"My feet kept to the level path because from earliest youth I was familiar with" Wisdom. —Sirach 51:15
Conversion stories are exciting. We weep for joy as the good thief on the cross finds salvation in his last desperate hour (Lk 23:42-43). We marvel at the power of God as He overpowers the worst sinner, the persecutor Saul (1 Tm 1:15), who then incredibly becomes the great apostle and preacher Paul (Acts 9:3ff). Today we are greatly encouraged by the wave of staunch Protestants who have incredibly converted to Catholicism and now powerfully defend the Faith.
A life of faithfulness is not as popular a story. People rarely fill an auditorium to hear about the priest or sister who accepted their vocation as a child and then never wavered from living out their call in holiness and fruitfulness. Not many flock to seek wisdom from the couple who never used artificial contraception, had a large family, and raised children who have all stayed joyfully faithful to the Church.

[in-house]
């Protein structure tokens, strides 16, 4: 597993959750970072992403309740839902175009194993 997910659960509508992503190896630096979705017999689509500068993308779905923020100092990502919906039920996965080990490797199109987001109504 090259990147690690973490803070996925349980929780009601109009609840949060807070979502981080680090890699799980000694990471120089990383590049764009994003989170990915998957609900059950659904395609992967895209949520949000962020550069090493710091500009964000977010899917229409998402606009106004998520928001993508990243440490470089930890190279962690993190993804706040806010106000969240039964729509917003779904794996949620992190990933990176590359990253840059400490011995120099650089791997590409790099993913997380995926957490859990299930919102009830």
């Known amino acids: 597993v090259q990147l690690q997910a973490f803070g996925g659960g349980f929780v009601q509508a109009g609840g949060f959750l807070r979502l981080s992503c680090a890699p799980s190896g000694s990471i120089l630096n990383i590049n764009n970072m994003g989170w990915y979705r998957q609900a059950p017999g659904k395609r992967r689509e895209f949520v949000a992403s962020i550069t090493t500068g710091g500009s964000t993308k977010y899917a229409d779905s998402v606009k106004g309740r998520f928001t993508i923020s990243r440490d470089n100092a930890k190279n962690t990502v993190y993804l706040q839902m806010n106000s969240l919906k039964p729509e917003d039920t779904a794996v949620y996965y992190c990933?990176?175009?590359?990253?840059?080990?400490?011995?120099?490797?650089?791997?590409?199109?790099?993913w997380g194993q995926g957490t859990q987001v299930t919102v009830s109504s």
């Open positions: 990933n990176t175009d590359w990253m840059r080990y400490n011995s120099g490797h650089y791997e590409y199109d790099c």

The popularity of conversions is a very good thing. We constantly need to keep in mind the power of God. Yet when we encounter people who have never wavered in faithfulness and who have faithfully borne fruit over the years, we should seek them out to the point of wearing away their doorstep! (Sir 6:36) We are to frequent their company and stay close to them (Sir 6:35). Faithfulness is caught more than taught. Seek faithfulness by seeking the faithful.
Prayer: Father, bring people into my life who will lead me to greater faithfulness.
Promise: "The law of the Lord is perfect, refreshing the soul." —Ps 19:8
Praise: Alice has built her life around Jesus and has received Him daily in the Eucharist for forty years.
(This teaching was submitted by a member of our editorial team.)
Rescript: In accord with the Code of Canon Law, I hereby grant the Imprimatur ("Permission to Publish") for One Bread, One Body covering the period from April 1, 2015 through May 31, 2015. †Most Reverend Joseph R. Binzer, Auxiliary Bishop, Vicar General of the Archdiocese of Cincinnati, October 21, 2014.
The Imprimatur ("Permission to Publish") is a declaration that a book or pamphlet is considered to be free of doctrinal or moral error. It is not implied that those who have granted the Imprimatur agree with the contents, opinions, or statements expressed.